Most government organisations have embarked on a digital transformation program and automated some processes in their operations. Some are at an early stage of this journey, others are more advanced. While circumstances from organisation to organisation may differ, the rationale underpinning the automation push remains the same – to remove friction from business processes and reduce errors that can be introduced by manual keying and rekeying of data.
Challenges are heightened in the public sector and amongst healthcare organisations in particular, many of which are using legacy systems to deal with increasing volumes of data. At the same time, they are operating with diminished budgets that make it difficult to justify investment in new technology unless there is proven ROI.
Public sector organisations’ systems were placed under even more pressure during the COVID-19 pandemic. The lockdown forced government and healthcare bodies to accelerate the implementation of technology to ensure people could access the essential services they needed remotely.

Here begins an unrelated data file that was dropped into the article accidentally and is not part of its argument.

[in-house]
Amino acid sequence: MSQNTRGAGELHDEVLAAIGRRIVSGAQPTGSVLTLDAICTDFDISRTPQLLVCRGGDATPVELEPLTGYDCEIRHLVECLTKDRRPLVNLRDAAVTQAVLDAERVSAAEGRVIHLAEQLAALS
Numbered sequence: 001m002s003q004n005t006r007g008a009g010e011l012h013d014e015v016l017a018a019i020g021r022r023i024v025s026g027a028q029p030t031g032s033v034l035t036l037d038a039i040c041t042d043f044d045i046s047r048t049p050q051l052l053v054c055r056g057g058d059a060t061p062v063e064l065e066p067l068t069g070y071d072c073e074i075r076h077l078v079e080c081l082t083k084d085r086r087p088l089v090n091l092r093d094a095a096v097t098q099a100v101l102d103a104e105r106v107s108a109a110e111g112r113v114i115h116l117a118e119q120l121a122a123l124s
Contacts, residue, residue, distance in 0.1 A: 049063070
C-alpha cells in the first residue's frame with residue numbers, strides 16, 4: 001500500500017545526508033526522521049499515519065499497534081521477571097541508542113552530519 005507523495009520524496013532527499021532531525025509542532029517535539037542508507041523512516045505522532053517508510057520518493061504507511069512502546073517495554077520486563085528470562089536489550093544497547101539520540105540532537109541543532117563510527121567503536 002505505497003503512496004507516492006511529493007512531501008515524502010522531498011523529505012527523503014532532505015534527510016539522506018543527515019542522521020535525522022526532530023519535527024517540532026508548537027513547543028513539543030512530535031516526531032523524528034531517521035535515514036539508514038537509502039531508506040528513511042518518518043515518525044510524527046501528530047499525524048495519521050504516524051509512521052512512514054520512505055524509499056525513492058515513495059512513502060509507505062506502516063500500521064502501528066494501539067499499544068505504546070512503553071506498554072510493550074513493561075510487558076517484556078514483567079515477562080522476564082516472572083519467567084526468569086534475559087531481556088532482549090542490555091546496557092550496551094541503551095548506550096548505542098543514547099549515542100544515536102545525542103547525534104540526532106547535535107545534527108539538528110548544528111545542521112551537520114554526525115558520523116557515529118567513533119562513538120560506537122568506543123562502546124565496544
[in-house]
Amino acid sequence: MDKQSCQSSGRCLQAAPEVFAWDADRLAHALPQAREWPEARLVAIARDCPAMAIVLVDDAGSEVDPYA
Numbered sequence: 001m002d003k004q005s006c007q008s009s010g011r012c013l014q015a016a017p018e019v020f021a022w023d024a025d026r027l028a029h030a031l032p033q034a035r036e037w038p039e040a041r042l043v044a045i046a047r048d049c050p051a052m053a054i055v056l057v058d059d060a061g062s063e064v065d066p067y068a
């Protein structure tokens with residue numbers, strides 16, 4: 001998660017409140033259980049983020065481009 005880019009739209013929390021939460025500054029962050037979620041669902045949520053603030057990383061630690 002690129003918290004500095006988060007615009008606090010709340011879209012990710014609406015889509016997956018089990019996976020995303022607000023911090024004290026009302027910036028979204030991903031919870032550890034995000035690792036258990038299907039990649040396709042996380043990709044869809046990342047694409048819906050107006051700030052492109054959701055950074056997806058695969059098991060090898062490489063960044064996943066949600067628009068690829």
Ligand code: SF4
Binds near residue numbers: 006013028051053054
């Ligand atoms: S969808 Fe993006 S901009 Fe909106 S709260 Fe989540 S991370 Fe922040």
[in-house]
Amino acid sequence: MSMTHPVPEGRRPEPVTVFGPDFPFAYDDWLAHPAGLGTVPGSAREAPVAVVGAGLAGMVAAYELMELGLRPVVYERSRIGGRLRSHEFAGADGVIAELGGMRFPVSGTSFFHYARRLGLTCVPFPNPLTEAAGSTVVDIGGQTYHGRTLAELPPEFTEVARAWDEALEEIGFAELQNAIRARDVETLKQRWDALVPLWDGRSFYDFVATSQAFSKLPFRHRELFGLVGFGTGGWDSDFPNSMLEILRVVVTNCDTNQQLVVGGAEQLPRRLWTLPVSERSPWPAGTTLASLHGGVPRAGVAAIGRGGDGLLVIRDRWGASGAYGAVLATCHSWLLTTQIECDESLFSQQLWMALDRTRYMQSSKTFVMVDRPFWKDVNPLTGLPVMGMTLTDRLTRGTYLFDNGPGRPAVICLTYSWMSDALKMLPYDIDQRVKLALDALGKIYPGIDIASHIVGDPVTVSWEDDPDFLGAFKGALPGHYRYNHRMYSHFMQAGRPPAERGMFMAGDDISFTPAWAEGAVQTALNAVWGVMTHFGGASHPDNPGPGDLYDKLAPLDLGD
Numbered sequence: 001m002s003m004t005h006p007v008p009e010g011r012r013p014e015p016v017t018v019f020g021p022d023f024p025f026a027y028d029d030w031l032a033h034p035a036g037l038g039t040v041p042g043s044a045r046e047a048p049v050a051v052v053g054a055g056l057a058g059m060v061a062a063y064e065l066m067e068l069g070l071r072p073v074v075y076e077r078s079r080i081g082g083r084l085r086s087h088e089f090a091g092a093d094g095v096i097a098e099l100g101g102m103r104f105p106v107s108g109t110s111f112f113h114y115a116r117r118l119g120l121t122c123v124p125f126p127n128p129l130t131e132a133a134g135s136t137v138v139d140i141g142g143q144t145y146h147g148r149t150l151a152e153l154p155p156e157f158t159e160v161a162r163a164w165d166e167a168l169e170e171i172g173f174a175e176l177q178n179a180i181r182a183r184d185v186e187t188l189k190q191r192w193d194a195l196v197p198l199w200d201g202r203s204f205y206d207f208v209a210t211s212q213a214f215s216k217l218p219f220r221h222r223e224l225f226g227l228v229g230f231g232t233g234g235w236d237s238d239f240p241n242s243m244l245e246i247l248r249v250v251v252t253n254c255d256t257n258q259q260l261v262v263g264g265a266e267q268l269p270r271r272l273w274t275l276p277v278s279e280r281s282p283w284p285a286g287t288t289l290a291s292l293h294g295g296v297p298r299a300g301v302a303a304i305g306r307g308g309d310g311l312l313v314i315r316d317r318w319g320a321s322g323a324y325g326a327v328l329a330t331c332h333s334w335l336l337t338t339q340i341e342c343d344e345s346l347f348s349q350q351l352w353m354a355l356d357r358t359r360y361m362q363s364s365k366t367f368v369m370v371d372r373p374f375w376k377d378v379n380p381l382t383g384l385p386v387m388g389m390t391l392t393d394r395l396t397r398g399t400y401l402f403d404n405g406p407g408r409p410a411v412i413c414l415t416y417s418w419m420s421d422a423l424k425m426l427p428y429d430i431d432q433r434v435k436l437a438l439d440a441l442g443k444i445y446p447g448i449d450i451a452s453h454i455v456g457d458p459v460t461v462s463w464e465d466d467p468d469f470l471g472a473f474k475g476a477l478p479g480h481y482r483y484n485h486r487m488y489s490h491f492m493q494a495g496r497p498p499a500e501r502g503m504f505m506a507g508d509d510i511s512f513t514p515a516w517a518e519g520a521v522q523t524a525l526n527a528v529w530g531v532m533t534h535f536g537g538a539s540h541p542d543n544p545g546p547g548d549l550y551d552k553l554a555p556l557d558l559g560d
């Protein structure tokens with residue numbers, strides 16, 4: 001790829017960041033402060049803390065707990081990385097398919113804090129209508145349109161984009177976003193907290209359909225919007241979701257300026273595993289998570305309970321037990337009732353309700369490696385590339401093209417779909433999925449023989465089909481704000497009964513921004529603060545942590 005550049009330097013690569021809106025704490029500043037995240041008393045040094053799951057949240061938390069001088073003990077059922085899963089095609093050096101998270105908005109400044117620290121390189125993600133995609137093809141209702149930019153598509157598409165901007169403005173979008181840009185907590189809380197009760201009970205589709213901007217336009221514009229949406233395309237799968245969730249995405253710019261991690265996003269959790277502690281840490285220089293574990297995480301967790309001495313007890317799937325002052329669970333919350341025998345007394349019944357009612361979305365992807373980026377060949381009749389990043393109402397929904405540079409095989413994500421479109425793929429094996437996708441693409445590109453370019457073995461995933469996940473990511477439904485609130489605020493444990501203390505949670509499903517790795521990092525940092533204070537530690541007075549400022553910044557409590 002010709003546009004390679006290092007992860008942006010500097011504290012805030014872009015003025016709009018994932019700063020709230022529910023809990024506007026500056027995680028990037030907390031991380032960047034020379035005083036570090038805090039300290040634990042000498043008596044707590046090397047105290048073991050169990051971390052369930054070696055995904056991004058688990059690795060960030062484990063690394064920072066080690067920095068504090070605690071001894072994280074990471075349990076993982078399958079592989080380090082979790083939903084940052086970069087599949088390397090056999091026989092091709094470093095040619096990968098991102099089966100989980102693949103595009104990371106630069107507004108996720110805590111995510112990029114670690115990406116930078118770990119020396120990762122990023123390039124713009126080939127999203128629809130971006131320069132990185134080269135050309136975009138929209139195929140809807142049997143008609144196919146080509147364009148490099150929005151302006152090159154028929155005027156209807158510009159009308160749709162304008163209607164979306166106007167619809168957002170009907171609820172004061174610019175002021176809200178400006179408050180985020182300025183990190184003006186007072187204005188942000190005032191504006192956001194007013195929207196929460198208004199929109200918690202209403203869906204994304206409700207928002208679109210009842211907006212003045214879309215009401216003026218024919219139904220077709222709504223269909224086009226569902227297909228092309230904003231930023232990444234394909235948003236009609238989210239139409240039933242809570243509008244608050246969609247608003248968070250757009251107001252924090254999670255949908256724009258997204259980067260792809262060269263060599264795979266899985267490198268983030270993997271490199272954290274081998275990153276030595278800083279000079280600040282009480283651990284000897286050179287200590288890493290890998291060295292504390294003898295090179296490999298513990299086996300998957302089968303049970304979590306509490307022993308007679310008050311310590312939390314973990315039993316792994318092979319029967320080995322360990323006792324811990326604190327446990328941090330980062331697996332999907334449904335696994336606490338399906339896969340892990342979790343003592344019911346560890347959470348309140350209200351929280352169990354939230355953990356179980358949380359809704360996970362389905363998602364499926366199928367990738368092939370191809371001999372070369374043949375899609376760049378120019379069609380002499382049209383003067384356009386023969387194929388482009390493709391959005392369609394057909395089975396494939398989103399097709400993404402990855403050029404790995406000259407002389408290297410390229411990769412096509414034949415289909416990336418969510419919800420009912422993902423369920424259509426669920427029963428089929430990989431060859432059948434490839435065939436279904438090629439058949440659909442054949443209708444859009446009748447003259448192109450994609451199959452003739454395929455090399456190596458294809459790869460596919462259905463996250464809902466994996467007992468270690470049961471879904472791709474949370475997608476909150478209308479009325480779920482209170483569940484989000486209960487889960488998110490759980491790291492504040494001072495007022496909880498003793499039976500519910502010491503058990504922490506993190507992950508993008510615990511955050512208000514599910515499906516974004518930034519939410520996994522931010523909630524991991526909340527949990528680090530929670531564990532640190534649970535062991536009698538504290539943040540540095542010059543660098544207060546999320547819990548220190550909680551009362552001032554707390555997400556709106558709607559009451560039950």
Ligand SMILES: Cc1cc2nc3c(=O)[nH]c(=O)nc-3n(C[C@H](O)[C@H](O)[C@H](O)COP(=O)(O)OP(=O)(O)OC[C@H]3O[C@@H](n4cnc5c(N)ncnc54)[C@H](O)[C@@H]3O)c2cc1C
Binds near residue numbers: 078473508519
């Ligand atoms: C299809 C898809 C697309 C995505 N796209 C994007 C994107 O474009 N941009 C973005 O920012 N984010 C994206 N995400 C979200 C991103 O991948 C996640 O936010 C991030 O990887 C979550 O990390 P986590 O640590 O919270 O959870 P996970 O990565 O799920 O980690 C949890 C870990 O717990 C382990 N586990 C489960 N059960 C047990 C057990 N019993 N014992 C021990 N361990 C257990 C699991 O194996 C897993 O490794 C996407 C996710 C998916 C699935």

By fully embracing intelligent automation, many organisations implemented a step-change in the way they work and enjoyed significant benefits. These benefits were discussed at a webinar held in April – hosted by SS&C Blue Prism Canada – entitled ‘Accelerating digital transformation: how intelligent automation can set the foundations for government and healthcare of the future’.
One organisation that has already reaped significant benefits from embarking on its own digital transformation journey is ATB Financial, part of the Crown Corporation of Canada, which provides financial services to more than 770,000 residents and businesses.
It started exploring the benefits of intelligent automation in 2017 to support customer journeys, create value for its clients, and at the same time drive internal productivity improvements.
Janka Coppens, managing director, intelligent automation, at ATB Financial, explained that the institution has focused on automating “non-value-added tasks, enabling consistent and reliable customer experiences, and providing clients with choices in how they deal with us”.
The team redesigns inefficient processes by combining RPA with complementary technologies such as machine learning, computer vision and natural language processing. “We leverage design thinking and lean management principles to find sustainable and scalable solutions for the future,” Coppens said.